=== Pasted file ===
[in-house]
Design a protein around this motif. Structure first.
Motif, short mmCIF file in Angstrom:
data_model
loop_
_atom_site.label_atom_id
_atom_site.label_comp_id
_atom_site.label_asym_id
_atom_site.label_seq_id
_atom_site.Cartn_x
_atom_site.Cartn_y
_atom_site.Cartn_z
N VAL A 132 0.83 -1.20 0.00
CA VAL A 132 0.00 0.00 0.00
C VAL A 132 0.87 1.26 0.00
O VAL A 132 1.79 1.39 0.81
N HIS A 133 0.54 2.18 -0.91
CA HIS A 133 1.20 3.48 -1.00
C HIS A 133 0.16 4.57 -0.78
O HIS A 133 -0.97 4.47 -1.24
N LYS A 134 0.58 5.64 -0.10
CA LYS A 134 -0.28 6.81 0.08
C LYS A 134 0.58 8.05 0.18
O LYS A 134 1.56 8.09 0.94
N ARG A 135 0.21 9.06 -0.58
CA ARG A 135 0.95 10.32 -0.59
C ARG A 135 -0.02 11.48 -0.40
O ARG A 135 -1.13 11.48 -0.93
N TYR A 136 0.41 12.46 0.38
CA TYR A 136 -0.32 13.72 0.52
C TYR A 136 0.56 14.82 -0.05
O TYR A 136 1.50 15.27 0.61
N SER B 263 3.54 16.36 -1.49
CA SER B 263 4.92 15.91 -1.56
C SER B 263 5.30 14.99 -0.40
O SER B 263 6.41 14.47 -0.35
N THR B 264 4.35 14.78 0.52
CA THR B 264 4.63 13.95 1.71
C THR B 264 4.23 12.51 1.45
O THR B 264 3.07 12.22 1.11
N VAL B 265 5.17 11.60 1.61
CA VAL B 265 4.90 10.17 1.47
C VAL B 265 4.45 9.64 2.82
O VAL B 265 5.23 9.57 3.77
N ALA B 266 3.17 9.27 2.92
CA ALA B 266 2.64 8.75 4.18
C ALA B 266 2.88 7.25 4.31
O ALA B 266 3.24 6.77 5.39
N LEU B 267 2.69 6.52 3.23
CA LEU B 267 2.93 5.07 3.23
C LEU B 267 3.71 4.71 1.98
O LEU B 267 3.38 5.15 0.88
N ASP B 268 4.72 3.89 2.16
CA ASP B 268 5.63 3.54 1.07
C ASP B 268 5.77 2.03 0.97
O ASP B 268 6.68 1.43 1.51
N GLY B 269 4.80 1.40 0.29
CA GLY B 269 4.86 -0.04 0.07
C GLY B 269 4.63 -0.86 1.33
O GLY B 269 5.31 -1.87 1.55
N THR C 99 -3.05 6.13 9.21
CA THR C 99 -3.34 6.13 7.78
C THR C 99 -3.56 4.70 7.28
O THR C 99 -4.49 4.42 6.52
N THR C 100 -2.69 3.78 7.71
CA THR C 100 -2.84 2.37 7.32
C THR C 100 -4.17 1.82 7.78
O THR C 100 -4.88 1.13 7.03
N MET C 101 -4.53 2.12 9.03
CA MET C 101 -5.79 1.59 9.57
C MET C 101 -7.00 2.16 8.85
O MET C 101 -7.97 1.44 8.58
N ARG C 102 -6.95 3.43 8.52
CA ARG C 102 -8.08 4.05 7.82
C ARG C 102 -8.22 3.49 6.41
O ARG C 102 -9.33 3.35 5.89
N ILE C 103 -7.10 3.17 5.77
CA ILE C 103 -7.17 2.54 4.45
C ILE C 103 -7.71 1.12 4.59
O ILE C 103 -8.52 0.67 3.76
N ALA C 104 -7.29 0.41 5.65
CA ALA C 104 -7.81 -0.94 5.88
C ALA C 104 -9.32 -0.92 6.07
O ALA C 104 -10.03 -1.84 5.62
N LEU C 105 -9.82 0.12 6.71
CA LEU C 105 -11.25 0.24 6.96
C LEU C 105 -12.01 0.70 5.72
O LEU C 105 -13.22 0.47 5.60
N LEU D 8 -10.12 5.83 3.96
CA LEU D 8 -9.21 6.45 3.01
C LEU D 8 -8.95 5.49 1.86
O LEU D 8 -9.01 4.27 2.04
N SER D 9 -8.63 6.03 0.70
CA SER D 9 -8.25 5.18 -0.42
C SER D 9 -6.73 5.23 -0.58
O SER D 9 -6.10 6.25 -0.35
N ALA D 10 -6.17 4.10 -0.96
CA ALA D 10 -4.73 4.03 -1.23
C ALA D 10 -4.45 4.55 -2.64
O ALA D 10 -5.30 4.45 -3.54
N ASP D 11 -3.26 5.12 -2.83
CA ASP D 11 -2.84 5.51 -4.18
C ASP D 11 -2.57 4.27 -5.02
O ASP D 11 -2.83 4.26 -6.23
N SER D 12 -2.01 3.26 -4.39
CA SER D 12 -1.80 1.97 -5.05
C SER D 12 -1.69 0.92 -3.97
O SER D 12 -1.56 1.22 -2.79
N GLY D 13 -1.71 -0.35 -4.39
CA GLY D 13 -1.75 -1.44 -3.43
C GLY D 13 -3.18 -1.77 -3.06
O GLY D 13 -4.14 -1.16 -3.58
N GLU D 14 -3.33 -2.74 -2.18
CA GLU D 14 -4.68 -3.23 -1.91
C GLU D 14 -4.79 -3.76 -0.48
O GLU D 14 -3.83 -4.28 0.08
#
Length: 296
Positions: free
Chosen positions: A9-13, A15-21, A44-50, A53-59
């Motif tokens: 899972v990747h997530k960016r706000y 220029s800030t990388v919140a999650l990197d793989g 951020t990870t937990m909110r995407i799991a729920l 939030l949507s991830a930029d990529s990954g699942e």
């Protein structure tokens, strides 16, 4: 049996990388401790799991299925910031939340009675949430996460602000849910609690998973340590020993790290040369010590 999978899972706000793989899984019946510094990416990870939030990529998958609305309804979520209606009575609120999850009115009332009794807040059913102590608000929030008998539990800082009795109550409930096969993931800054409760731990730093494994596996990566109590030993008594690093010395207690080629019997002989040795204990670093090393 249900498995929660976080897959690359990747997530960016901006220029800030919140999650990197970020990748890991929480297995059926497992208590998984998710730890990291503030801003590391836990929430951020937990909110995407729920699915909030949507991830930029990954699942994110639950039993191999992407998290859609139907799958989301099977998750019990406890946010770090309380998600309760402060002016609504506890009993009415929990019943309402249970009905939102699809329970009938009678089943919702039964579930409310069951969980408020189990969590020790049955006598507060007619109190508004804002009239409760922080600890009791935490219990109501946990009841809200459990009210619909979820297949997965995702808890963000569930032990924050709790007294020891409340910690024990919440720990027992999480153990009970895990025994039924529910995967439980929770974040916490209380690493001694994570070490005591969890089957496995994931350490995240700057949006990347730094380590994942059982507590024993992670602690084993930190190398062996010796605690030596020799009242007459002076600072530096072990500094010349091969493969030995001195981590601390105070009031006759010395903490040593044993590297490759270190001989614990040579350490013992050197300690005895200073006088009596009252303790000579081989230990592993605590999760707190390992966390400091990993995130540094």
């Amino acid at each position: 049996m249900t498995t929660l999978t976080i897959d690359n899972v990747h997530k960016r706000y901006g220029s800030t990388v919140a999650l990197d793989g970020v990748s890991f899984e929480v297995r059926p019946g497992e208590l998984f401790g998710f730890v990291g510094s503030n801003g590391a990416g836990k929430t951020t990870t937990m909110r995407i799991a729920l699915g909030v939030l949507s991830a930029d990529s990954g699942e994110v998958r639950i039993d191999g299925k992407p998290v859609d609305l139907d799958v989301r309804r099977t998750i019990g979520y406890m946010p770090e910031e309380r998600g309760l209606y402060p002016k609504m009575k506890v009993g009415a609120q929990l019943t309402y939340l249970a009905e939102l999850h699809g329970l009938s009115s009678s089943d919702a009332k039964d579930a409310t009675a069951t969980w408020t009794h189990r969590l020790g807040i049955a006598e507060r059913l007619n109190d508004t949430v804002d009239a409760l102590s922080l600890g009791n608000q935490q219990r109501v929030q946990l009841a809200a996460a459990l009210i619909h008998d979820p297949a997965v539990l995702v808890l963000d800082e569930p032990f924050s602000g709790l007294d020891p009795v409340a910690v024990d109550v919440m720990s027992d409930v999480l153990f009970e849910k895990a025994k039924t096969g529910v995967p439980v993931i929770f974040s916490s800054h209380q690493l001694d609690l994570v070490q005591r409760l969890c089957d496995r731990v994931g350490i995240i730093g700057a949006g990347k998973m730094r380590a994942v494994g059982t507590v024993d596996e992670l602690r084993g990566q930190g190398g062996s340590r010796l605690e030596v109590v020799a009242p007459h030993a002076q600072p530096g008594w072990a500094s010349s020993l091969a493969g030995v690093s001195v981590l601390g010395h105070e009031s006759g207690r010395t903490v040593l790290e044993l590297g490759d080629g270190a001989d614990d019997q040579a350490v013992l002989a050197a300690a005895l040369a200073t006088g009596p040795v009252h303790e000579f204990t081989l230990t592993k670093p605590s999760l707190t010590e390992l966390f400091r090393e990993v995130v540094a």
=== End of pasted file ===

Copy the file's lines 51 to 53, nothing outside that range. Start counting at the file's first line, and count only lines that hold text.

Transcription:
C LEU B 267 3.71 4.71 1.98
O LEU B 267 3.38 5.15 0.88
N ASP B 268 4.72 3.89 2.16